Why the Tiger King Lost the Election

On June 26th, 2018, Oklahoma Libertarians voted on who they wanted as their gubernatorial nominee. One of the candidates on their ballot was Joe Exotic, now known across the country from the docuseries Tiger King: Murder, Mayhem and Madness on Netflix. Despite his local notoriety and a personality that has made the show about him an unqualified success, Exotic finished a distant third in that primary. He had more name recognition, more resources, and a personal following built up over several years as a the highly visible operator of the G. W. Zoo. Running in a closed primary, Exotic could focus on the roughly six thousand registered Libertarians who would be the only ones eligible to vote in the race. With these advantages, and no public awareness of the criminal charges to come, why wasn’t he able to be more competitive? As one of the participants in this election, and the eventual nominee, I believe there are three main factors. Merely being able to get attention does not necessarily translate into support, campaigns with more resources can be beaten by those that make better use of their resources, and communicating directly to voters remains the most effective way to campaign.

While most of America learned of the existence of the Tiger King watching Netflix while cooped up due to COVID-19, most of Oklahoma had heard of his exploits prior to that. He had made news due to the mauling of Kelci Saffrey, the lawsuit with Carole Baskin, the fire that burned down his studio and killed the alligators that had formerly been owned by Michael Jackson, and other incidents. Just during the gubernatorial campaign he made headlines due to the death of his husband Travis Maldonado and the car wreck that landed him in the hospital for several days. His primary opponents received little notice from the press. For those who believe that all publicity is good publicity, the election results seem to contradict that view. Despite his ability to get attention, Exotic’s flamboyant personality did not translate to votes. A great many people were entertained by his candidacy but felt no desire to cast a ballot for him. There may be an exception here or there but generally speaking, being the most outrageous candidate is not a pathway to election victory.

According to Jeff Lowe, Exotic made use of funds and supplies of the zoo for his campaign, something that I and others suspected at the time. This is illegal but wasn’t investigated, partially because it wasn’t clear that Exotic was gaining much benefit and an investigation might only have given him even more publicity and ramp up his claims that he was being unfairly persecuted. It appeared that his chief means of outreach was to post videos to his JoeExoticTV Youtube channel. The campaign also gave out Joe Exotic branded condoms, magnets, and other geegaws and provided anyone who asked a Joe Exotic t-shirt along with a registration form so voters could switch their party affiliation to Libertarian. The shirts were very popular with some, the party switching was less so. The yard signs were hilariously useless. They must have cost better than ten dollars each, with a tiger striped background that would blend in with surroundings and swallowed up the lettering of the candidate’s name. But while they might not have stood out, it’s not like a lot of people saw them. The Powell campaign only spotted one Joe Exotic yard sign “in the wild.” Another wasteful expense was the billboard put up in Tulsa. Joe didn’t finish any better there than he did statewide.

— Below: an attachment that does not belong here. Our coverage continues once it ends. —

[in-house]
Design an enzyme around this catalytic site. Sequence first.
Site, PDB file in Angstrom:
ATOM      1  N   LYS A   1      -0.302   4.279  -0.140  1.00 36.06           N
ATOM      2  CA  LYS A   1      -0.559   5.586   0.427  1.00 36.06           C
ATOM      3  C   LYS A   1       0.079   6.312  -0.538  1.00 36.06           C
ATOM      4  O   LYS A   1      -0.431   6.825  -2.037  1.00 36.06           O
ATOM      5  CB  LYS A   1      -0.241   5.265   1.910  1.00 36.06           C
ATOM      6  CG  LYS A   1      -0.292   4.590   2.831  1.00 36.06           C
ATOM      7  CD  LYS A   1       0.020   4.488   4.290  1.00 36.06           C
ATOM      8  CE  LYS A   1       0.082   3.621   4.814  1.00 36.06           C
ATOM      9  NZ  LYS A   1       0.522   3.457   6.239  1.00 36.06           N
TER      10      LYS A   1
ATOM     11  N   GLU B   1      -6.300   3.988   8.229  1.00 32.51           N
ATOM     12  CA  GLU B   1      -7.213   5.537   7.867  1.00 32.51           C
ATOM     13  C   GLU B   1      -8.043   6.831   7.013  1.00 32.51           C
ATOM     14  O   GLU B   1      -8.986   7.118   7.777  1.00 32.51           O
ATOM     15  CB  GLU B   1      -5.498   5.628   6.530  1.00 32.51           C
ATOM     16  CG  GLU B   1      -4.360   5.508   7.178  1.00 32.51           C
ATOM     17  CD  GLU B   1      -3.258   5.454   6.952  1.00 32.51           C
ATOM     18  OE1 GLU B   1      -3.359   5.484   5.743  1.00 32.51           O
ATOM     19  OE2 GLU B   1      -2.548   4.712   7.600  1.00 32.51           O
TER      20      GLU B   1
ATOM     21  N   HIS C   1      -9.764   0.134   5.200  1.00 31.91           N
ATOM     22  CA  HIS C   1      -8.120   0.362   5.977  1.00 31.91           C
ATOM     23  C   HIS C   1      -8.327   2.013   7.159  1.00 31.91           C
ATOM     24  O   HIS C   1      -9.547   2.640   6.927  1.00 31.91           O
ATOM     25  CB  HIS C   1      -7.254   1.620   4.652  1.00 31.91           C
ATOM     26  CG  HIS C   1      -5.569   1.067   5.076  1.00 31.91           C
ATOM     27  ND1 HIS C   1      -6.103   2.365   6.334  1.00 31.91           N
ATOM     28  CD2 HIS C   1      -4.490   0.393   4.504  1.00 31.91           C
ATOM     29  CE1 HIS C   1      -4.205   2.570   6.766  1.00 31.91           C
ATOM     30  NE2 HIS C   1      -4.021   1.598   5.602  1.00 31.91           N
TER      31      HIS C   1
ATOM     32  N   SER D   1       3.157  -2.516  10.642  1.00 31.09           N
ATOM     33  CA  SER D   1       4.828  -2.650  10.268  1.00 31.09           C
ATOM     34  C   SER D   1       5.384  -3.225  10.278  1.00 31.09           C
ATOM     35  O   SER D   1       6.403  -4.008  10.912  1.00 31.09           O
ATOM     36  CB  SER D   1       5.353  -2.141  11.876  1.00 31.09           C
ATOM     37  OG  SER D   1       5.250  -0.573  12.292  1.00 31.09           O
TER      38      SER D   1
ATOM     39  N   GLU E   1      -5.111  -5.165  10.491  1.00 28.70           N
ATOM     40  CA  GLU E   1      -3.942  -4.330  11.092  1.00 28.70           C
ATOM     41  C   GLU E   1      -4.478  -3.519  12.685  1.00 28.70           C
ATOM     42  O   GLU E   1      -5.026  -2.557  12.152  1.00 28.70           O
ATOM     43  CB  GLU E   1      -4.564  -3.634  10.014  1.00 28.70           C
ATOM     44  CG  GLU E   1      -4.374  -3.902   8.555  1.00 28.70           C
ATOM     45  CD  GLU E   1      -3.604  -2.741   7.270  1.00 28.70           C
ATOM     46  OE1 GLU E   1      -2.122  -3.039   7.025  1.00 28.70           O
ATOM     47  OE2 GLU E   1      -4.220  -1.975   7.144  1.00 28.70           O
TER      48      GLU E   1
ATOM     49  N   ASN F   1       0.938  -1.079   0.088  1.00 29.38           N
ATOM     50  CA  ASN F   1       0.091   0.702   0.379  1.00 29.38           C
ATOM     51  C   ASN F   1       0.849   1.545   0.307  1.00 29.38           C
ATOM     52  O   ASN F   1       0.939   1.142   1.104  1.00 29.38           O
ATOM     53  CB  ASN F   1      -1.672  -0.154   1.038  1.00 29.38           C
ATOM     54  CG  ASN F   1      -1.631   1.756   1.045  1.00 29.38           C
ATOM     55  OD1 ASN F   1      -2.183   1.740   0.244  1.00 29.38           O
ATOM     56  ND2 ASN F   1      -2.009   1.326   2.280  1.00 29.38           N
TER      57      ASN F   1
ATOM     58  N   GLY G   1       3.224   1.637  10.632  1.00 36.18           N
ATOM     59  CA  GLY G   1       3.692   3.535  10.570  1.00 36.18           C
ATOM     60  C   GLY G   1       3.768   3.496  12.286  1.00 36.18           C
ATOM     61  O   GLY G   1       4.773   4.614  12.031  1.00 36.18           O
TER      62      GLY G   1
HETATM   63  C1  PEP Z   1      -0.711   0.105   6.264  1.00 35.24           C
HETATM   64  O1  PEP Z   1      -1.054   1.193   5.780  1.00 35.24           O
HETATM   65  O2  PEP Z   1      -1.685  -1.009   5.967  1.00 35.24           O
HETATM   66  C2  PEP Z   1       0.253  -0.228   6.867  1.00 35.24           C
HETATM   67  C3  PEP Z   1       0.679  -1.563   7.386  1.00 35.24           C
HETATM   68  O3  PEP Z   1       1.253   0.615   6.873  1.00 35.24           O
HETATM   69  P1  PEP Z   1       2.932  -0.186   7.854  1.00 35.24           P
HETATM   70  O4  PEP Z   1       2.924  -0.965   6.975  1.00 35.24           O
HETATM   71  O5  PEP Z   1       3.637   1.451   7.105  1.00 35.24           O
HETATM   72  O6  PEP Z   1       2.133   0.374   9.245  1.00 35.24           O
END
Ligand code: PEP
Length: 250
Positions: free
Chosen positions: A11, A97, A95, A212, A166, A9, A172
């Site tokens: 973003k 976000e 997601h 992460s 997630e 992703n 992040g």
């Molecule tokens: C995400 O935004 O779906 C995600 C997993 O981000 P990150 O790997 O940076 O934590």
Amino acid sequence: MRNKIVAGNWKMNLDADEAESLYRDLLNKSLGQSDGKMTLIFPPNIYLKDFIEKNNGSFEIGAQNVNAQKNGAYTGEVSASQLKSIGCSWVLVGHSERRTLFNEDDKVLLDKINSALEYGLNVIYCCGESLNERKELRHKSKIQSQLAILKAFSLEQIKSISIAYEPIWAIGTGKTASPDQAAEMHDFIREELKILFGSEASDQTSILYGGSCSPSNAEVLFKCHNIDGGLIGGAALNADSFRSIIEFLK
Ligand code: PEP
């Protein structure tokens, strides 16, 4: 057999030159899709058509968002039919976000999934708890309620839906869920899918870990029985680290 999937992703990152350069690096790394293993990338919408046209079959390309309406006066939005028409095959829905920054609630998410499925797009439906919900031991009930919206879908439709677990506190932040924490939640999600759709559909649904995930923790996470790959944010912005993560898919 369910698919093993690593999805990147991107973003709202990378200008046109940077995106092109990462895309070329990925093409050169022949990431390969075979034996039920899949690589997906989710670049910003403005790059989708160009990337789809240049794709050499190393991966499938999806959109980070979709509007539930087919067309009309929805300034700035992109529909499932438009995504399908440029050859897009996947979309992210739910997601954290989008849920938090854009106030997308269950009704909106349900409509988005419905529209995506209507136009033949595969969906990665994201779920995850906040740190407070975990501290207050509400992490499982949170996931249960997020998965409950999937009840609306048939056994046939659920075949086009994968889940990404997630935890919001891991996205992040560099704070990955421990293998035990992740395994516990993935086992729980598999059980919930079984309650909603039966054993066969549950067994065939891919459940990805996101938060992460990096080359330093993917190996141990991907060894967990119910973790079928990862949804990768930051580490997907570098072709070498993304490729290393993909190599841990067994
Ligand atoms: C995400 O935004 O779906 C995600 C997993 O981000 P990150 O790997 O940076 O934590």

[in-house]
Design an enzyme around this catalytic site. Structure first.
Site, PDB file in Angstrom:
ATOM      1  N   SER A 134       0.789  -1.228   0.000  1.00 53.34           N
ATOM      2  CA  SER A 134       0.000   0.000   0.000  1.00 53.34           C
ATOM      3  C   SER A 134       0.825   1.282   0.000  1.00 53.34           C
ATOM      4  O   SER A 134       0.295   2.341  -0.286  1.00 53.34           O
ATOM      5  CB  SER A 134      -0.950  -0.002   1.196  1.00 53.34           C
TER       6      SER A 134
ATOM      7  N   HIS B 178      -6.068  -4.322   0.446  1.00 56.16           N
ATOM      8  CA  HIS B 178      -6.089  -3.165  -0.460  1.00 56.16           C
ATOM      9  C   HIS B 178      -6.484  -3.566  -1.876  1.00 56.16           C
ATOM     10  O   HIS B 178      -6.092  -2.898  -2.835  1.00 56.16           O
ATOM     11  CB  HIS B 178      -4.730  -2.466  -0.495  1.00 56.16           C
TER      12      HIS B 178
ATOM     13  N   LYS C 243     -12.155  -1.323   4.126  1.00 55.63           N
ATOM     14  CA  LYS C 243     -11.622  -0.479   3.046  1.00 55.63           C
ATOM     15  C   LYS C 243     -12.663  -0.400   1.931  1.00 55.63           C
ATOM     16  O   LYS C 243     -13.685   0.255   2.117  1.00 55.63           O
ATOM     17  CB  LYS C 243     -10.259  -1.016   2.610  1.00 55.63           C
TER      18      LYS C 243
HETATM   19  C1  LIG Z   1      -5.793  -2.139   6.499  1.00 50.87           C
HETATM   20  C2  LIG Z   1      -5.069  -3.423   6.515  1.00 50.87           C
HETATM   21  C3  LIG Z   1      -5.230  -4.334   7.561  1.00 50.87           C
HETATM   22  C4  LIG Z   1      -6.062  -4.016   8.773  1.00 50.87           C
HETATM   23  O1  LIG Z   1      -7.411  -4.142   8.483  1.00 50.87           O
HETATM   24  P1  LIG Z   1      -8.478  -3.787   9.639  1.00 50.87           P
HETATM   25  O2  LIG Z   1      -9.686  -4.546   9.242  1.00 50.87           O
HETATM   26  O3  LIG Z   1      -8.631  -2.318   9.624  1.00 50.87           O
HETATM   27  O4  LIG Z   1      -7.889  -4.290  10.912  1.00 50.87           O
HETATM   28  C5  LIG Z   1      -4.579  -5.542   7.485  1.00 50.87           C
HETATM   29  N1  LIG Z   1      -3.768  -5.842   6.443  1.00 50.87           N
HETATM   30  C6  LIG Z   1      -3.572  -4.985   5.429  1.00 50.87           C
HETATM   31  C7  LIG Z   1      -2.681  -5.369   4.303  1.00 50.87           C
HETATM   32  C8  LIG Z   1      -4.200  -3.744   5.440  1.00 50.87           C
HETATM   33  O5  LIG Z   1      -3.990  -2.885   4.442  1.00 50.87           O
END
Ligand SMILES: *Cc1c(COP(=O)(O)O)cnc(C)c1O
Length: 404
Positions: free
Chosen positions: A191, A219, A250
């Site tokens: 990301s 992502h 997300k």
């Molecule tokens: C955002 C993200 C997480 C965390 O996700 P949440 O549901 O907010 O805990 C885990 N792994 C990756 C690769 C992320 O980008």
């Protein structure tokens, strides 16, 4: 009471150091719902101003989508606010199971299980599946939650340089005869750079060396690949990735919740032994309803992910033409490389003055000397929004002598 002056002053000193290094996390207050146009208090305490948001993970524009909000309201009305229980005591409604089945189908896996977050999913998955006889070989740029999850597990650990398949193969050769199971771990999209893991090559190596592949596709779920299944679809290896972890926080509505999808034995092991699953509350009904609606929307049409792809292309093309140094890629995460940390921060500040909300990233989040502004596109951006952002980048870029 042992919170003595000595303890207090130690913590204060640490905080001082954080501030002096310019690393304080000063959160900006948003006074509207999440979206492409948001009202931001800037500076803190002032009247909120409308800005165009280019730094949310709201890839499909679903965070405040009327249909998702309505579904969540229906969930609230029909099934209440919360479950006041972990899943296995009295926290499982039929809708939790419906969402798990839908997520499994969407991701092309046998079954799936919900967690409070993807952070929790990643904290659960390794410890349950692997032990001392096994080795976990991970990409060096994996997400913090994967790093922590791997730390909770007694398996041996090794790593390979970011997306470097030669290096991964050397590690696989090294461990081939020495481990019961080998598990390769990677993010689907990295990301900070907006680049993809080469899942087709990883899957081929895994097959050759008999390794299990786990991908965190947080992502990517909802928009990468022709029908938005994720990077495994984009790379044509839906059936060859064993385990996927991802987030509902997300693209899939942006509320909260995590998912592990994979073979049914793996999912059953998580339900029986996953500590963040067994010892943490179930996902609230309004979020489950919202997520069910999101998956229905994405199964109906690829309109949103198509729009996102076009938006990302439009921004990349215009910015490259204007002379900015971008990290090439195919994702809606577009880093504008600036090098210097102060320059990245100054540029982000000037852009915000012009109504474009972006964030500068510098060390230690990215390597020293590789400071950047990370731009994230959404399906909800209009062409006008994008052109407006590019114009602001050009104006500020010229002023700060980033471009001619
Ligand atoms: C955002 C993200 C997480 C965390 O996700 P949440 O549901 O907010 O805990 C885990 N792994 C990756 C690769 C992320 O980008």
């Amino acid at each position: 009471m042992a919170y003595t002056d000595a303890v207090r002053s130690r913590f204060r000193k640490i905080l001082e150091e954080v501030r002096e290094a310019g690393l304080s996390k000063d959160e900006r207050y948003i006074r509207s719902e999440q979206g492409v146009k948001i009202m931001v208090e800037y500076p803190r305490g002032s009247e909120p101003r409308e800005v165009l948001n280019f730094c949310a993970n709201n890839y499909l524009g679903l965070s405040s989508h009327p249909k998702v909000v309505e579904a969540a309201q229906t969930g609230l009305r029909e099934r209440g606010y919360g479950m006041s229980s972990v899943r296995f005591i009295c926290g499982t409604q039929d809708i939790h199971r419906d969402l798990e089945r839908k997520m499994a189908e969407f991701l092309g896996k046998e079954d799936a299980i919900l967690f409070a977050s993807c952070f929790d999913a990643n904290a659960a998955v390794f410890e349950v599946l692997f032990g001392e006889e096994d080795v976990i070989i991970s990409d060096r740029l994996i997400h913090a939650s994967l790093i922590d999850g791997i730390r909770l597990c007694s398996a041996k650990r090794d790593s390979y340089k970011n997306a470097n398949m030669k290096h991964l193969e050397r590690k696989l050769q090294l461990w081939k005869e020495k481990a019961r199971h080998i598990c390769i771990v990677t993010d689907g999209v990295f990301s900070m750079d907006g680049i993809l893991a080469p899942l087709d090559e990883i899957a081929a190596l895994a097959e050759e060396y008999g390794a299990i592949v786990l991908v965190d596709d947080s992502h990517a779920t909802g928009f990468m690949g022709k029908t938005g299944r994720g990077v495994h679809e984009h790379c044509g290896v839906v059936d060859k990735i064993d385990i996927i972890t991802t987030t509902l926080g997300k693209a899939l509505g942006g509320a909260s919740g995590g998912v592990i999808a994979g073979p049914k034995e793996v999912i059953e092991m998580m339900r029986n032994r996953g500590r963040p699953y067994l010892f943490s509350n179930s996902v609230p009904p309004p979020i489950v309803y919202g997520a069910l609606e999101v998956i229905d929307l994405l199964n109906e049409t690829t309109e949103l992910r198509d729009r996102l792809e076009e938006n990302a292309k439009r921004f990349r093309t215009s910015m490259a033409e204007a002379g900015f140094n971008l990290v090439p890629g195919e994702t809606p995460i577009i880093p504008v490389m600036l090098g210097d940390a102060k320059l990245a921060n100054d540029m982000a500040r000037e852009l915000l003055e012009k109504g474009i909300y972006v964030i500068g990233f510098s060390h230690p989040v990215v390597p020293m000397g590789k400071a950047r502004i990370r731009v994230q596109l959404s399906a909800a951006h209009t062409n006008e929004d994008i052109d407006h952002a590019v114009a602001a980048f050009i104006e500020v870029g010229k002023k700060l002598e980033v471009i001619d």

In contrast, while his opponents certainly sought to make use of social media, Rex Lawhorn visited virtually every county in the state holding meet & greet events while Chris Powell knocked on over a thousand doors of registered Libertarians statewide and volunteers reached hundreds more. These boots-on-the-ground strategies were far more cost-effective and led to meaningful contact with voters that simply could not be generated by watching videos online. There certainly were enthusiastic Joe Exotic supporters to be found, but nearly all were young people who seemed to be responding to the entertainment value of his campaign, not issues. Much like in presidential politics, the ‘fun’ candidates generate a lot more talk than they do votes. The candidates who win are those who have a message that resonates with voters and are able to communicate that message to large numbers of those voters.

Map by MuskogeePolitico.com

Roughly 55% of registered Libertarians showed up to vote on June 26th, 2018, a higher percentage than for the other two parties for their primaries. A main motivation for voters to get to the polls was the presence of State Question 788 on the ballot, which would make marijuana legal for medical use. A lot of the voters did not really care about the gubernatorial race, a factor that should benefit candidates with greater name recognition. Yet despite his minor celebrity status Joe Exotic only won three counties, Garvin where the zoo is located and where his parents and some employees had changed their registration at his behest, Tillman where Joe received both Libertarian votes that were cast there, and Bryan where he took nine of twenty ballots. In the end, more resources, more press, and a more flamboyant persona are factors that didn’t matter or perhaps were actively harmful. The vast majority of voters want serious policy discussion and a candidate they aren’t embarrassed to support. It takes effort and skill to communicate those qualities to the right people at the right time to get the right result on election day.

Chris is a former chair of the Oklahoma Libertarian Party and in 2018 was the first LP nominee for Governor in the state.

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